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Capital gain tax will go up to 30pc

MOHAMMAD MUFAZZAL | June 07, 2024 00:00:00

Individual investors are going to be subject to scrutiny of their beneficiary owner's (BO) accounts by the revenue authority for the first time ever for capital gain tax for FY25.

According to the proposed budget unveiled by the finance minister in parliament on Thursday, a person will have to pay tax if his/her capital gains in their portfolios exceed Tk 5 million.

The tax rate will vary depending on whether the investor kept the holdings for more than five years or not.

If an individual earns more than the threshold after holding onto their shares for more than five years, they will pay 15 per cent tax on the additional amount earned. The time condition has been attached to encourage long term investments in the capital market.

If the share holding duration is less than 5 years, the tax rate will be determined by the tax slabs fixed for individual taxpayers.

For example, if someone's yearly income is Tk 10 million and earns another Tk 10 million in the form of capital gains from selling securities in the secondary market, tax will be imposed on Tk 9.65 million (since tax-free income is Tk 0.35 million) plus capital gains worth Tk 5 million.

Having deducted Tk 0.35 million from the total income, the National Board of Revenue will impose 5 per cent tax on the additional Tk 0.1 million. The tax rate will be 10 per cent on the next Tk 0.4 million and 15 per cent on another Tk 0.5 million.

The tax rate will continue to rise to 20 per cent on the next Tk 0.5 million and 25 per cent on income up to Tk 2 million beyond the previous level. The maximum tax rate is 30 per cent for the income surpassing the previous slabs.

Capital gains will be incorporated into income from other sources to decide the tax rate.

The proposed capital gain tax will be applied to net income, meaning losses will be deducted from earnings on which tax will be paid.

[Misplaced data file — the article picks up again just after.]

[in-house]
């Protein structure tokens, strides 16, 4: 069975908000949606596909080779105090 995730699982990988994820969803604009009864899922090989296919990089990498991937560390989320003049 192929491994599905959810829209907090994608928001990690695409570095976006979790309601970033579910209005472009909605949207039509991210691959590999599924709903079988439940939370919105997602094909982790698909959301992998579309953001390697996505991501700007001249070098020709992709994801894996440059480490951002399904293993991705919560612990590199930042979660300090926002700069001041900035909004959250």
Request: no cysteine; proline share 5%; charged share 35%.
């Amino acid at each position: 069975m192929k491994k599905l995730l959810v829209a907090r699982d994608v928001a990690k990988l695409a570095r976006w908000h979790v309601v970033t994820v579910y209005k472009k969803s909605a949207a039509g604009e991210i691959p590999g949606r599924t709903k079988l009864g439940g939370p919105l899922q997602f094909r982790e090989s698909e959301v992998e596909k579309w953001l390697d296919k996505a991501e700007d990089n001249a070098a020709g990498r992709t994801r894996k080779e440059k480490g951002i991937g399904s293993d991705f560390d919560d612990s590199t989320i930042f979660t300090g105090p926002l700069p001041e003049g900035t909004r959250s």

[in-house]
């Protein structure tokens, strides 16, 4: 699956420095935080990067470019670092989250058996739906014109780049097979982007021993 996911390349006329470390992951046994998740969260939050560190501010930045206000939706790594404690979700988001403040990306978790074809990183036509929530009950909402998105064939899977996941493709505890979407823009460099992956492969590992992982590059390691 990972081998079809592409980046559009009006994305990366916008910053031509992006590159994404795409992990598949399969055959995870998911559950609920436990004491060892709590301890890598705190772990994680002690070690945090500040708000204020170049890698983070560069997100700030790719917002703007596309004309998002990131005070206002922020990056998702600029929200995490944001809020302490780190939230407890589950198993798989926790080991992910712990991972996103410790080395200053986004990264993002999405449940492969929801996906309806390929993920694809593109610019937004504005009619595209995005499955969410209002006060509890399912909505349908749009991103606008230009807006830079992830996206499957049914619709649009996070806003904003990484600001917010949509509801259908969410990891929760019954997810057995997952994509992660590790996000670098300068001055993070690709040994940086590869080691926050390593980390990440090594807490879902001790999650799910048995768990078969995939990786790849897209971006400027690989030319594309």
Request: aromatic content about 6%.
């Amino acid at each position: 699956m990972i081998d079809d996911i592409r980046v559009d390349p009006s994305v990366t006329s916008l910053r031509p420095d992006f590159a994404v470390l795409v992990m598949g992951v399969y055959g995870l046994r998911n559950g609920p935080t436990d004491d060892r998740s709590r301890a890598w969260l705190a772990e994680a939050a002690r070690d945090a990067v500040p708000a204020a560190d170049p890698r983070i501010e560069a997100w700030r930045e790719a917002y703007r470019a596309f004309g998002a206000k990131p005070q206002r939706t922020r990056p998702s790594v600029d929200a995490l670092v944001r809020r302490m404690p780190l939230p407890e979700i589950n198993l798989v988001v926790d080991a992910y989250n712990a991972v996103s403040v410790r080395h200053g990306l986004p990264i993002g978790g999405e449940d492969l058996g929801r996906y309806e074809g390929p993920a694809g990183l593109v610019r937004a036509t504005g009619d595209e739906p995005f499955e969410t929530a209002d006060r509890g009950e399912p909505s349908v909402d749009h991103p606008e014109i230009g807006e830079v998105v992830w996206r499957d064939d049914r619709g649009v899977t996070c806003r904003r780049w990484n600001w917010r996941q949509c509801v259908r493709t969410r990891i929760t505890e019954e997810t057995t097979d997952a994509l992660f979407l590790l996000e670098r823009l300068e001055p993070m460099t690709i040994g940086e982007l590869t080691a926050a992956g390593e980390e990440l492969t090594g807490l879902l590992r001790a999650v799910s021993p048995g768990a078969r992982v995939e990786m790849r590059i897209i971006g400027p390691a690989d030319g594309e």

Market operators say the tax will be applicable for high net worth individuals with portfolios of significant sizes.

For an instance, an individual investor will be eligible to pay capital gain tax if he makes more than 10 per cent profit from investments worth Tk 50 million.

Individuals may pay higher than cos, sponsors

Md. Moniruzzaman, managing director of Prime Bank Securities, said the capital gain tax would hardly have any impact on general investors.

He, however, said investors might have to pay tax at a higher rate than companies and their sponsor-directors.

Enterprises and sponsor-directors are required to pay capital gain tax at a rate of 15 per cent and 10 per cent respectively.

But if capital gains of an individual investor are added with other income, the tax rate may go up to 30 per cent.

"The proposed tax on the capital gains is a bit discriminatory for individuals," said Md. Mahmudur Rahman, first assistant vice president of Prime Bank.

Preferring anonymity, another stock broker said high net worth individuals having multiple BO accounts were not familiar with such scrutiny of the tax authority. So, the move will elicit a psychological response.

Besides, investors will feel discriminated against. A company -- be listed or non-listed -- pays corporate tax on the bottom line profits whereas individual investors' cost of investments will not be taken into account in the case of capital gain tax, said the broker.

Challenges in implementation

Initially, the collection of capital gain tax will be a complicated job as neither the brokerage firms nor do investors keep track of dates of investments in different securities and their holding periods.

Mahmudur Rahman, of Prime Bank, said many other issues, such as stock dividends, would have to be considered as well in tax collection.

Software will have to be developed to help ease realisation of capital gain tax, he added.

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